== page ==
Finally, Leveson's recorded phone call with petitioner offers further proof substantiating that the veterinary records recorded *1251 dates of actual treatment as well as independent proof supporting all of the violations regarding the administration of glycopyrrolate-robinul. During that conversation, petitioner explained that “when the horses train, they get treated,” and when asked to explain what training meant, he explained that training is “a workout.” Petitioner then described that such workouts occurred “[three] days out.” Thereafter, petitioner agreed that “robinul and robaxin” were given to the horses on the same day as one another, and when Leveson then stated “[three] days away from the race. Am I saying the right thing?”, petitioner replied “ye[s].” Undoubtedly, room for choice exists as to the interpretation of this phone call, but a reasonable mind could conclude that petitioner acknowledged administering robinul and robaxin to his horses three days prior to their respective races, which would necessarily amount to patent violations of the ban on administering robinul within 96 hours of a race (see 9 NYCRR 4120.2 [g] [8]).
More generally and more importantly, the phone conversation provides further proof supporting the conclusion that the relevant veterinary record entries recorded dates upon which treatment was administered. What is unambiguous about the phone conversation is petitioner's acknowledgment that the horses were treated with robinul and robaxin in the lead-up to races. That acknowledgment accords with respondent's conclusion that the relevant dates in the veterinary records represented treatment dates given that the dates associated with robaxin treatment entries often preceded the respective horses' races by less than three days.5
The foregoing proof provides substantial evidence to support respondent's determination (see Matter of Case v New York State Racing & Wagering Bd., 61 AD3d 1313, 1314 [2009], lv denied 13 NY3d 705 [2009]; Matter of Shuman v New York State Racing & Wagering Bd., 40 AD3d at 388; Matter of Dutrow v New York State Racing & Wagering Bd., 18 AD3d 947, 947-948 [2005]; Matter of Sachs v New York State Racing & Wagering Bd., Div. of Harness Racing, 1 AD3d 768, 772 [2003], lv denied 2 NY3d 706 [2004]). Respondent made eminently reasonable determinations in evaluating the proof, making factual findings and reaching its determination. Since *1252 room for choice existed as to the inferences to draw from the proof provided and respondent made reasonable and plausible inferences, this Court has no power to replace respondent's conclusions with ones that it would prefer. Accordingly, and considering that petitioner's remaining arguments are also without merit, I would confirm respondent's determination.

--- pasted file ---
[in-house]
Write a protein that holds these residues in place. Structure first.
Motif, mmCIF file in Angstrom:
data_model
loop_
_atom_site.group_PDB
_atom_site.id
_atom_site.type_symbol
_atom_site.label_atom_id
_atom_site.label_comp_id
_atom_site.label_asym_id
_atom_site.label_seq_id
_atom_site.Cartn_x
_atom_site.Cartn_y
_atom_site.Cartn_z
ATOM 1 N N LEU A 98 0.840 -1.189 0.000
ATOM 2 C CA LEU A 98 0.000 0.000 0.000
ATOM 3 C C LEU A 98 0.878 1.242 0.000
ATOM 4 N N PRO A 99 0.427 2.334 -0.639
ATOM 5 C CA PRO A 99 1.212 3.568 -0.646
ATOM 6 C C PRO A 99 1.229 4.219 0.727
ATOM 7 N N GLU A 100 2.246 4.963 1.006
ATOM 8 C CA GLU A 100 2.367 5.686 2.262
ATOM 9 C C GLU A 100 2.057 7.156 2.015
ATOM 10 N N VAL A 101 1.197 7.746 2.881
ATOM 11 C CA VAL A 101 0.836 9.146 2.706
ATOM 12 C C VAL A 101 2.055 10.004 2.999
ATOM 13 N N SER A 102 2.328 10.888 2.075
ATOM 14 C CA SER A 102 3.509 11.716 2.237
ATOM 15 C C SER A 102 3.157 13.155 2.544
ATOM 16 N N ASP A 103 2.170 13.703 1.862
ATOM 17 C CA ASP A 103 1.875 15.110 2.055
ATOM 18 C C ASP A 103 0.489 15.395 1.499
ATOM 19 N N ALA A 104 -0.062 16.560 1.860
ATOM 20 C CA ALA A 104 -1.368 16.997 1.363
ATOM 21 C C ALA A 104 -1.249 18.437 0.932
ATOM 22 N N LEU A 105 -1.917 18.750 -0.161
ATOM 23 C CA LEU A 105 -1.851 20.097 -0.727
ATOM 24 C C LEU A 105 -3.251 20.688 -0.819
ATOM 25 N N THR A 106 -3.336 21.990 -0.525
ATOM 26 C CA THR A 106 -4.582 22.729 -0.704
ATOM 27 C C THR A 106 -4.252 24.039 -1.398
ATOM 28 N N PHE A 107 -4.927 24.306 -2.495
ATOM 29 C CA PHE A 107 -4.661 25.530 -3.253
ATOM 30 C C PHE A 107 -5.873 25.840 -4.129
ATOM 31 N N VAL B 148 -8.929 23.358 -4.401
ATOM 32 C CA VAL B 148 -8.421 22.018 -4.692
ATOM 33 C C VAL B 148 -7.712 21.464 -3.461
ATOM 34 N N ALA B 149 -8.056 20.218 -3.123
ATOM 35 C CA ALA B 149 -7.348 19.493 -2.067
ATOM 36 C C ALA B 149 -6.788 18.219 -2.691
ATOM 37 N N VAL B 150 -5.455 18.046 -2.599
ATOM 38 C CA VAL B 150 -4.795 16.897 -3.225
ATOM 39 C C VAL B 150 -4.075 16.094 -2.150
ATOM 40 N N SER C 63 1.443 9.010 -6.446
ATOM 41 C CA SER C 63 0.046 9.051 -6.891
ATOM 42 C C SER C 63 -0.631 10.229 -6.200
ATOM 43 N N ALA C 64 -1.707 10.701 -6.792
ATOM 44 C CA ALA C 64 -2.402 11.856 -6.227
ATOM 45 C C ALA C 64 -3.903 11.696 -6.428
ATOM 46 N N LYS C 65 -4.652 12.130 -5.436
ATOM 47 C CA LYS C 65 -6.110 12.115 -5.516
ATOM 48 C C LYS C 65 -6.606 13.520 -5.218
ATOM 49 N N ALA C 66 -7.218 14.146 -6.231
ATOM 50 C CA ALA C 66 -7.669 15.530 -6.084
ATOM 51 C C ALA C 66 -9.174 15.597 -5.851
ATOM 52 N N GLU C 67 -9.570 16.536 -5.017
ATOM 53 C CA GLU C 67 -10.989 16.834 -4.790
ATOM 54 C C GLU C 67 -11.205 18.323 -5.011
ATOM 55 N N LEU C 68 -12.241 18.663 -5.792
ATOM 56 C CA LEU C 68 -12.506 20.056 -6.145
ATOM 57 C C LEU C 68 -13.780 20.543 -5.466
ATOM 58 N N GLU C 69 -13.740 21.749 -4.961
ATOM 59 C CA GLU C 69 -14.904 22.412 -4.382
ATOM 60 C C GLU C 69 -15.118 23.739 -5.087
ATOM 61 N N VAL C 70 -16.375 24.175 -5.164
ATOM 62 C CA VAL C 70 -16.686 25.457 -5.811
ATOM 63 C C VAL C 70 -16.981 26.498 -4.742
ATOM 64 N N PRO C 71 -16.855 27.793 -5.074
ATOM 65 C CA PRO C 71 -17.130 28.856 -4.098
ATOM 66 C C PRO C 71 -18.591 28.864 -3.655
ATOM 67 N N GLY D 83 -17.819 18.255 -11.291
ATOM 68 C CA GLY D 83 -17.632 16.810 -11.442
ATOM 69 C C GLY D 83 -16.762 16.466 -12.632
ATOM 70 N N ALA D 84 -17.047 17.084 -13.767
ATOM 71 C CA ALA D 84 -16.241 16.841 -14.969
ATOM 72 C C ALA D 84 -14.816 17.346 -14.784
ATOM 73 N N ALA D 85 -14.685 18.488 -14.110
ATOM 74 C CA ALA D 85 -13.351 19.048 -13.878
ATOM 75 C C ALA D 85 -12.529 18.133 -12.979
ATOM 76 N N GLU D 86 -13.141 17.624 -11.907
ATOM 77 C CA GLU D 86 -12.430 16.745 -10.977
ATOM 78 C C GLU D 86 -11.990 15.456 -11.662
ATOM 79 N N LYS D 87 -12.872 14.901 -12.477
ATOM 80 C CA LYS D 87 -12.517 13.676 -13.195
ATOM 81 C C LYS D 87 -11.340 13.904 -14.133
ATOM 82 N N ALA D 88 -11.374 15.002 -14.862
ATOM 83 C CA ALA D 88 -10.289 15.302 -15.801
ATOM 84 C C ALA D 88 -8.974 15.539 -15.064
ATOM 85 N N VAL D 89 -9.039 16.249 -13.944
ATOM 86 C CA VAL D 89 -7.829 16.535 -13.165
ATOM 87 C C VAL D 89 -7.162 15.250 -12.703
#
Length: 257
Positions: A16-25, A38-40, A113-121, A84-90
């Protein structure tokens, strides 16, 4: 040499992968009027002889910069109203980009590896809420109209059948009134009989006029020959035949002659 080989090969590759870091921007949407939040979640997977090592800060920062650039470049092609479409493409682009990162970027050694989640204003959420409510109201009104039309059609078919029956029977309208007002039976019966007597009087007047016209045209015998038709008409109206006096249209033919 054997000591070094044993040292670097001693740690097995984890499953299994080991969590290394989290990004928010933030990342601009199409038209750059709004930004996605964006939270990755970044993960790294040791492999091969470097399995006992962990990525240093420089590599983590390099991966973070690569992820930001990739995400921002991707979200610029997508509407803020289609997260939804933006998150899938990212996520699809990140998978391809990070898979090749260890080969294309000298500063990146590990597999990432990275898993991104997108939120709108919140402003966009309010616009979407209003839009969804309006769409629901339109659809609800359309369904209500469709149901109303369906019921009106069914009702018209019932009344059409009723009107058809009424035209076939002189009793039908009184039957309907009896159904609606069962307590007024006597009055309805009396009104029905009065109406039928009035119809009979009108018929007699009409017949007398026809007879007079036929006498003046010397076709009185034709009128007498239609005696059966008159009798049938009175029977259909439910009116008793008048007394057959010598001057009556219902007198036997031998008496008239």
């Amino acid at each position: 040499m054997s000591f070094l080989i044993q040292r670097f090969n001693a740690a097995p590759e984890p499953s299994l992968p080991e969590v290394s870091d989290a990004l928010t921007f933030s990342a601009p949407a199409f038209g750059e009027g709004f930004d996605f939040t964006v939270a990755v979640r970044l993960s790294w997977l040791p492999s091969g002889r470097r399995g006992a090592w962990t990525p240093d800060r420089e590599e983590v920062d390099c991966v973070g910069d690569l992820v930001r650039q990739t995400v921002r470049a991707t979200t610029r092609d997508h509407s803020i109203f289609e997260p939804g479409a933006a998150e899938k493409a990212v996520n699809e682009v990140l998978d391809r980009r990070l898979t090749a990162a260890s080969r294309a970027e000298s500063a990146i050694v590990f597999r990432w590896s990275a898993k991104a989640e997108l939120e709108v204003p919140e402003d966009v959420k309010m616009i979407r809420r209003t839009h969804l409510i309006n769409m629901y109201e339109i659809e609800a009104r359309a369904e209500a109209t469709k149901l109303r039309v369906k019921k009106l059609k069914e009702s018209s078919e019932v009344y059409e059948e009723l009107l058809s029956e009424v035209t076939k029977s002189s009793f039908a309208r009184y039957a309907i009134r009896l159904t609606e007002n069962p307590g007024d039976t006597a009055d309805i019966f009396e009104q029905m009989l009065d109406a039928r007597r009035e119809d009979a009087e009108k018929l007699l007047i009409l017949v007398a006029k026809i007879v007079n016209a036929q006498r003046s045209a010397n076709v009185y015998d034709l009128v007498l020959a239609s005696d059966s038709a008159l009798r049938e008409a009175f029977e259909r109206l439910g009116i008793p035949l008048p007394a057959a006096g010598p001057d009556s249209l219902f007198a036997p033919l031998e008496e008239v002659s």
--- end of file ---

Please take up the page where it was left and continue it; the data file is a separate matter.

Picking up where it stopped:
Adjudged that the determination is annulled, without costs, and petition granted.


During the pendency of the administrative proceedings, the powers and functions of the Board were transferred to respondent (see Racing, Pari-Mutuel Wagering and Breeding Law art 1, as added by L 2012, ch 60, part A, § 1).
Respondent asserts that petitioner admitted in the telephone conversation with Leveson to administering Robinul (also known as glycopyrrolate) to many horses three “days away from the race” in violation of the 96-hour rule set by 9 NYCRR 4120.2 (g). The Hearing Officer did not explicitly rely upon that conversation, which is, in any case, far from clear as to when that substance was administered.
Two distinct forms of veterinary records were submitted into evidence. The first set of records provides a “chronological history” for each horse that the veterinarian cared for, which ascribed dates to noted forms of veterinarian care. The second set of records provided billing information for each horse cared for with dates and prices being ascribed to a description of the veterinary service provided. Generally, by comparing the dates in the two forms of records, one can also compare the descriptions of the care/service provided. Considering the different information provided in each set of records in regard to the descriptions associated with dated entries, the records often provide supplemental information to one another in elaborating the care provided to a horse on a particular day.
Leveson gave lengthy testimony regarding his qualifications, relating to his current job, his work in the horse-racing industry and his having been “a professional horseman from age [18].”
The relevant veterinarian was located in New Jersey. Notably, licensed veterinarians in New Jersey are legally required to ensure that patient records “accurately reflect the treatment or services rendered” (NJ Admin Code § 13:44-4.9 [a]). A reasonable mind could find, as a general matter, that a person legally charged with a duty to maintain accurate records is more likely to do so than someone without such a duty.
None of the charges at issue are based on veterinary records specifying a form of veterinary care that was a prescription or a dispensement.
In contrast, it makes little sense to conclude that the veterinarian records would record that a veterinarian was consistently prescribing treatments during prohibited windows for substances intended to be administered after a race. This is particularly true given that veterinary records show repeated entries for care on days immediately following a race, in which such prescriptions could have been provided if they were intended to be administered after the race and outside of a prohibited window.